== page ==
What’s going on with global trade?

A worker walks on goods waiting to be exported in a port in Lianyungang, east China's Jiangsu province. Global trade has become stubbornly weak and has yet to return to its pre-crisis levels, all the while continuing to trend below the world's GDP growth.

In the three decades prior to the recent financial crisis, rapid globalization helped the world’s trade grow at twice the rate of the global economy.?But those halcyon days seem to be behind us. Instead, global trade is becoming stubbornly weak and it has yet revisit its pre-crisis levels, all the while continuing to trend below the world’s GDP growth.

The latest data from the CPB World Trade Monitor implies that the global economy just had its worst two quarters for trade since the 2008 financial crisis, and no one appears to know why. May be the drop simply cyclical, or perhaps a sign of something more systemic in the world’s economy?

\”The extent of the weakness is puzzling,\” Governor Stephen Poloz said last week after he trimmed the BoC’s benchmark rate from 0.75 percent to 0.50 per cent.

\”We can attribute some of this,” he said. “But a lot of it we can not.”


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Krishen Rangasamy, economist with National Bank Financial, said there was a significant drop in trade volumes in May, but additionally a sharp downward revision of data for the prior month.

“It\’ll now have a miraculous recovery in June, highly unlikely in our view, to prevent the very first back-to-back quarterly contraction of trade volumes since 2009.”

Global trade hit historic lows following the financial crisis, but by 2011, it seemed trading volume between countries had improved, with development in that year reaching 6.2 per cent – just around the corner from the pre-crisis average of 7.1 per cent. But in the following years, trade started slumping again. In 2012, growth was just 2.8 per cent, while in 2013, it averaged three per cent.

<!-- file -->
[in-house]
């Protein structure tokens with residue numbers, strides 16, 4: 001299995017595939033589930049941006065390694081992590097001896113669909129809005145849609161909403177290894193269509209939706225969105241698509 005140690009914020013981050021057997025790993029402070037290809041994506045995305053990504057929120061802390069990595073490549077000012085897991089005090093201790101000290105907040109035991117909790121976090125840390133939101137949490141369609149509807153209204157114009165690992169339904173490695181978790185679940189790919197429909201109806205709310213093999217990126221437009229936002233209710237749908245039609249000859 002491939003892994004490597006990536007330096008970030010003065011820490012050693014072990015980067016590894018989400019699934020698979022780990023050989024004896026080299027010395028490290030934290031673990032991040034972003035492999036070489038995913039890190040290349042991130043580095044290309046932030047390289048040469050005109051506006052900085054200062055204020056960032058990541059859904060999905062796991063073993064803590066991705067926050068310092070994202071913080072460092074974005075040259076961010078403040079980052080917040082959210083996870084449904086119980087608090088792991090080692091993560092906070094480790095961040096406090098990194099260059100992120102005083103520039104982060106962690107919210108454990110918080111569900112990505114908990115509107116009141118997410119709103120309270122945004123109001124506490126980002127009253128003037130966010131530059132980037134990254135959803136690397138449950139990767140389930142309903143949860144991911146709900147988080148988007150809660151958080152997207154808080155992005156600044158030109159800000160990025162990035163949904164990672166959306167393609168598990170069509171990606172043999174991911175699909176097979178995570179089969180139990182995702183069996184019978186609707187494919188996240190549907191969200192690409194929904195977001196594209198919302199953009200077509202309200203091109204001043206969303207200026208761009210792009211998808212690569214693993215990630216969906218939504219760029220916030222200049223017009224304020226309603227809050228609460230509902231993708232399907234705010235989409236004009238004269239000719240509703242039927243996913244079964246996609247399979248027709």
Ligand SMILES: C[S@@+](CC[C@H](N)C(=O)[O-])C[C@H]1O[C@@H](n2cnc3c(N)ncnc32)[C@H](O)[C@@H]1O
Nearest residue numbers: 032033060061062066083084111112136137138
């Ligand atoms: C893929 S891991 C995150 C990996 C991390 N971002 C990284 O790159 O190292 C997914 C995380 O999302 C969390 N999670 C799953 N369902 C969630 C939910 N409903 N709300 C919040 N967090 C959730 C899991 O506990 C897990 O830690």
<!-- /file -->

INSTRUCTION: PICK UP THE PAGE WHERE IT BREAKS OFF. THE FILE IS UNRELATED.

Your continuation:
Last year, the planet Trade Organization forecast that global trade would bounce back to 4.7 percent in 2014. They ended up being wrong. The level of goods traded around the world came in in a much weaker 2.8 percent. Trade growth has slumped below development in the world\’s gdp, which has averaged about three per cent in tangible terms previously few years.

There are a variety of factors beyond slow economic growth that explain the post-crisis slowdown in global trade

\”The post-crisis decline in the growth rate from the ratio of worldwide trade to GDP has been cause for some concern that global trade has peaked, and that we are now reaching a new normal by which trade levels is going to be weak compared to about a decade ago,\” said economists within an expansive report recently.

The persisting weakness has left policymakers around the world scratching their heads over what is going on. The Bank of Canada released a paper earlier this year trying to pinpoint the causes, blaming both cyclical and structural problems.

“?There are a number of factors beyond slow economic growth that explain the post-crisis slowdown in global trade,” the bank said in its report. “The most known include diminished incentives to grow trade, the changing composition of worldwide demand and increased protectionism.”